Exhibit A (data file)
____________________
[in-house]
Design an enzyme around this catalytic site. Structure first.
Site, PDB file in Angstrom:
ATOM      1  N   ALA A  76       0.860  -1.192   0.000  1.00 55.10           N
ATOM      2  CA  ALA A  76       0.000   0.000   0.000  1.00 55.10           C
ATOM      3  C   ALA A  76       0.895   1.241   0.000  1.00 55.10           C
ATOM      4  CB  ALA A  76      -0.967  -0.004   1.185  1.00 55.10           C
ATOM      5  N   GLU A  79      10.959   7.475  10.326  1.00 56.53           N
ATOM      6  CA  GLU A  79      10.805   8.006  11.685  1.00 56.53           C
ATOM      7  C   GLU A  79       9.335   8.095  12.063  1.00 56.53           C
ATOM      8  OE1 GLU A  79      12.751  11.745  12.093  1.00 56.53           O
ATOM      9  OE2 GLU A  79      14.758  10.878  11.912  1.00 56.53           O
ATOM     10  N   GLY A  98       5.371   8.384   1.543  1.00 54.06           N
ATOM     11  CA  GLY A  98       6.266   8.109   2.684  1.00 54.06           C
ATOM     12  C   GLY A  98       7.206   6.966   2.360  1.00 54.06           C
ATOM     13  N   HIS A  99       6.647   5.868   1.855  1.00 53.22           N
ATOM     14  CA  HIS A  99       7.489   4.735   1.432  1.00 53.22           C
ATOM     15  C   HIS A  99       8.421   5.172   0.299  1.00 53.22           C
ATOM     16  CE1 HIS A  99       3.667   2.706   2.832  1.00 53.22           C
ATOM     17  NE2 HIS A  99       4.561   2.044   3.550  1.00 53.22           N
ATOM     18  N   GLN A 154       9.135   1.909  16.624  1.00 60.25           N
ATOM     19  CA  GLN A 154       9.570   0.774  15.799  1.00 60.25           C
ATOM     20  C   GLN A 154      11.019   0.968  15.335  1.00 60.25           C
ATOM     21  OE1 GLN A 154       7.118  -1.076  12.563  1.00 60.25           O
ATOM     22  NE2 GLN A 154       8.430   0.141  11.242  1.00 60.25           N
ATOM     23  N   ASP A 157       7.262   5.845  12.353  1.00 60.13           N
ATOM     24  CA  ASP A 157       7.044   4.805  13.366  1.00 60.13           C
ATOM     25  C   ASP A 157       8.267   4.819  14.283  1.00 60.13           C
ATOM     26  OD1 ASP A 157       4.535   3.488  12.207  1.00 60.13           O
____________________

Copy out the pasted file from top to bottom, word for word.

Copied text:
[in-house]
Design an enzyme around this catalytic site. Structure first.
Site, PDB file in Angstrom:
ATOM      1  N   ALA A  76       0.860  -1.192   0.000  1.00 55.10           N
ATOM      2  CA  ALA A  76       0.000   0.000   0.000  1.00 55.10           C
ATOM      3  C   ALA A  76       0.895   1.241   0.000  1.00 55.10           C
ATOM      4  CB  ALA A  76      -0.967  -0.004   1.185  1.00 55.10           C
ATOM      5  N   GLU A  79      10.959   7.475  10.326  1.00 56.53           N
ATOM      6  CA  GLU A  79      10.805   8.006  11.685  1.00 56.53           C
ATOM      7  C   GLU A  79       9.335   8.095  12.063  1.00 56.53           C
ATOM      8  OE1 GLU A  79      12.751  11.745  12.093  1.00 56.53           O
ATOM      9  OE2 GLU A  79      14.758  10.878  11.912  1.00 56.53           O
ATOM     10  N   GLY A  98       5.371   8.384   1.543  1.00 54.06           N
ATOM     11  CA  GLY A  98       6.266   8.109   2.684  1.00 54.06           C
ATOM     12  C   GLY A  98       7.206   6.966   2.360  1.00 54.06           C
ATOM     13  N   HIS A  99       6.647   5.868   1.855  1.00 53.22           N
ATOM     14  CA  HIS A  99       7.489   4.735   1.432  1.00 53.22           C
ATOM     15  C   HIS A  99       8.421   5.172   0.299  1.00 53.22           C
ATOM     16  CE1 HIS A  99       3.667   2.706   2.832  1.00 53.22           C
ATOM     17  NE2 HIS A  99       4.561   2.044   3.550  1.00 53.22           N
ATOM     18  N   GLN A 154       9.135   1.909  16.624  1.00 60.25           N
ATOM     19  CA  GLN A 154       9.570   0.774  15.799  1.00 60.25           C
ATOM     20  C   GLN A 154      11.019   0.968  15.335  1.00 60.25           C
ATOM     21  OE1 GLN A 154       7.118  -1.076  12.563  1.00 60.25           O
ATOM     22  NE2 GLN A 154       8.430   0.141  11.242  1.00 60.25           N
ATOM     23  N   ASP A 157       7.262   5.845  12.353  1.00 60.13           N
ATOM     24  CA  ASP A 157       7.044   4.805  13.366  1.00 60.13           C
ATOM     25  C   ASP A 157       8.267   4.819  14.283  1.00 60.13           C
ATOM     26  OD1 ASP A 157       4.535   3.488  12.207  1.00 60.13           O